Mark 14:17-31 — Thursday, Part 1

Reading:  Mark 14:17-31
Holy Week is really hard for me to get my head around. Today, our reading tells us about supper, Thursday evening. We will be talking about Thursday evening this week and next week; but what stands out is that this is worse than the worst Thursday that I could imagine. With a Thursday like this, if I were in Jesus’ shoes — I would seriously consider fleeing Jerusalem, and spending Passover somewhere else; you see, it is not just what happened, but that Jesus knew what was coming.

Mark’s version of the last supper is extremely short. If you recall, last year we studied John — and John’s last supper filled several chapters. The day is called Maundy Thursday by English speakers because of John; it is thought that this is “mandate Thursday”, the day Jesus gave Christians the commandment that they love one another. Mark however has the shortest account of this dinner — and, this account is to me the most uncomfortable. Mark does not include any of this teaching — so I cannot be distracted by anything other than the raw emotion of what is coming soon.

The account of the last supper starts with:

When it was evening, he came with the twelve, and when they had taken their places and were eating, Jesus said: “Truly I tell you, one of you will betray me, one who is eating with me.”

Hearing this, the disciples were greatly distressed, and all denied that it was them; then Jesus goes through a disturbing ritual where he calls the bread and the wine his own flesh and blood. As you likely know, cannibalism is deeply offensive, and eating or drinking blood is not only a taboo but is is forbidden by Torah. Eating blood is one of the things specifically mentioned in Genesis 9 as God’s covenant with Noah, and by extension the rest of humanity. When Acts 15 forbids the eating of animals that are butchered by strangulation — the reason why is because the blood does not drain from the body, but stays in the meat. Kosher salt is called Kosher salt, because it is used by butchers to help draw blood out of meat, so that the meat becomes kosher.

If eating blood is such a taboo that the council of Jerusalem would order Gentile Christians to abstain from strangled meat, and Jews are so careful about getting blood out of meat that they not only let it drain, but they also use salt to draw more out, then how much more must they be offended by the idea of drinking blood; even if it is just symbolically.

After dinner, Jesus tells all the disciples that they will all leave him, and he tells Peter that he will deny them. No matter what Peter or the other disciples say, Jesus knows what is coming, and Jesus knows that when it comes he will be alone. The disciples on the other hand have no idea what is coming, but they surely had a disturbing night. Their teacher said and had them do something shockingly offensive, and then told them that they would all abandon him.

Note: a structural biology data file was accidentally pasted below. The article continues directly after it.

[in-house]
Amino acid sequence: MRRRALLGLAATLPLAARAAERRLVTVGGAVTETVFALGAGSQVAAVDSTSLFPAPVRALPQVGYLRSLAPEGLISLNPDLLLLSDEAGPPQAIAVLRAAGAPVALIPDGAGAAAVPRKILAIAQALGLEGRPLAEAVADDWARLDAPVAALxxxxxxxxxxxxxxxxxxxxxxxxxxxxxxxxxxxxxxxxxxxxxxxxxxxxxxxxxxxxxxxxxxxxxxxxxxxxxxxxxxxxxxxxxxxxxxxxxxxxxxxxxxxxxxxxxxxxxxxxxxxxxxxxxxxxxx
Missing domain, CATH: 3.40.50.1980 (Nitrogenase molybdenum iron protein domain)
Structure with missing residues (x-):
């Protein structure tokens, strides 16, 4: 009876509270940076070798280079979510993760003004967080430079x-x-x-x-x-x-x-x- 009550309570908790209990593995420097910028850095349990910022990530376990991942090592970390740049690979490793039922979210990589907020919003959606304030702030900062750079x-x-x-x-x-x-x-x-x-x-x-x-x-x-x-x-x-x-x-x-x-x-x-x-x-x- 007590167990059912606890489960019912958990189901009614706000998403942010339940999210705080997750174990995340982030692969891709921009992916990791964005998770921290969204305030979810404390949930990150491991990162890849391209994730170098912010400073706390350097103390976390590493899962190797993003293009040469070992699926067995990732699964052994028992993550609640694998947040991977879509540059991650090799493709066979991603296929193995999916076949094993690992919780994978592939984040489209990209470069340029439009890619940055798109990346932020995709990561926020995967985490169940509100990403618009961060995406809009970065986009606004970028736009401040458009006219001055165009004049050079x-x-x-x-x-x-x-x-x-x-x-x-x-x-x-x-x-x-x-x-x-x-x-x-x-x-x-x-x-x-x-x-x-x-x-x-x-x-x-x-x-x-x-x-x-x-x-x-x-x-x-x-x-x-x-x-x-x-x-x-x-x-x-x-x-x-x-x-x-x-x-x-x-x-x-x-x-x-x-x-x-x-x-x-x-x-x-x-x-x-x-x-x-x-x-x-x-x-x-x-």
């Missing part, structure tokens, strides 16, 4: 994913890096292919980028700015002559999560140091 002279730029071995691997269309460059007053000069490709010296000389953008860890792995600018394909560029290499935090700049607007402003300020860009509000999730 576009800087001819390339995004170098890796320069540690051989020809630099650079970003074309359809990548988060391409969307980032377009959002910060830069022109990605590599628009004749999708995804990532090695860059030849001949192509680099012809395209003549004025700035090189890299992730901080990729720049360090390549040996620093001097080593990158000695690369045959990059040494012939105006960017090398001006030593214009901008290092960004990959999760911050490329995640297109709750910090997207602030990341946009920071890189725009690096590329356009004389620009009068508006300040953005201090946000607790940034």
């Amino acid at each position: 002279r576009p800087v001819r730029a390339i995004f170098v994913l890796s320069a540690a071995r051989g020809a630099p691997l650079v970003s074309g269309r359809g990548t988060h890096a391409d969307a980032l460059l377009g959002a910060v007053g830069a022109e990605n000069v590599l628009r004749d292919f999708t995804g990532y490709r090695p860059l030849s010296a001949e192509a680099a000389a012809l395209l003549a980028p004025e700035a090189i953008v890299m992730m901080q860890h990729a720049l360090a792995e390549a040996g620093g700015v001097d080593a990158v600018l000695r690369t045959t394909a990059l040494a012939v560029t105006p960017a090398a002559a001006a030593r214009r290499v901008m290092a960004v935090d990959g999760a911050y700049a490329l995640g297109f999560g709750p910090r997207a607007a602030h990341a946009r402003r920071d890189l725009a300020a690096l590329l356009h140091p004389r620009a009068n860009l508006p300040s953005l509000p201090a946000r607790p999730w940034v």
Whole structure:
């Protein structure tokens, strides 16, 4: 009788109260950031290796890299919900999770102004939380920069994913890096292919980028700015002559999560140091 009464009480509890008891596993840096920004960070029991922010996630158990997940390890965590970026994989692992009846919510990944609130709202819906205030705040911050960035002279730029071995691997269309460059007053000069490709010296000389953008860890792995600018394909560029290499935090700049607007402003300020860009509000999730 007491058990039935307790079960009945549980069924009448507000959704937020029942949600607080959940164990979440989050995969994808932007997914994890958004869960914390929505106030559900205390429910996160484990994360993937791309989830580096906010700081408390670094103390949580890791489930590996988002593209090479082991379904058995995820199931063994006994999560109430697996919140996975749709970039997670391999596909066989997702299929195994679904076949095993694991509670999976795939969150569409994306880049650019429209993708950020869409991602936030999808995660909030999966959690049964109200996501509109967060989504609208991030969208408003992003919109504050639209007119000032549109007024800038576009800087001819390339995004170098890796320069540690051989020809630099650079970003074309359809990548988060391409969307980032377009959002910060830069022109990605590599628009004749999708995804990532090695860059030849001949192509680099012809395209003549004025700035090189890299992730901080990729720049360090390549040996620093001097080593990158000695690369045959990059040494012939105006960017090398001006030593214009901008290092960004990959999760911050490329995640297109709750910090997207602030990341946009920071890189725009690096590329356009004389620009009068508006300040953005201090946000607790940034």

This isn’t the first shocking moment, remember what we talked about last week when Jesus came out of the temple and talked about the complete destruction of Jerusalem, and the end of everything that seemed solid in the world? From the Triumphal entry on Palm Sunday to the last supper must have been surreal. I cannot see how anything made sense, nor how any of them could be comfortable. Everybody must have been quite anxious this Thursday evening — but Jesus saw what was to happen — and, in his way he told the Disciples; he told them directly, he told them his body would be broken, and his blood would be poured out, he told them directly they would be scattered, he told Peter that Peter would deny him that very night.

When I read Mark, I respond to it by feeling how real this is. One might say that the last Supper in Mark makes me feel like the garden of Gethsemane is already in Jesus’ heart when he sits down to eat with Jesus’ disciples. Jesus is already committed to drinking the cup that he must drink. All day Thursday, Jesus knew what would come later in the day — and he knew what would come on Friday.

This is another point where Mark does not tell us anything more than the story, and he writes the narrative using as few words as possible. I feel like the only thing that I have to learn from this passage in Mark’s gospel is compassion for Jesus and compassion for the disciples. This is a challenging day for all of them, and by the time the day ends, it is a day that every one of the 12 is ashamed of — one will even die from his shame as he hangs himself. This is a passage that invites us to feel compassion, and it reminds us that Christ also has suffered, and is capable of compassion for us.

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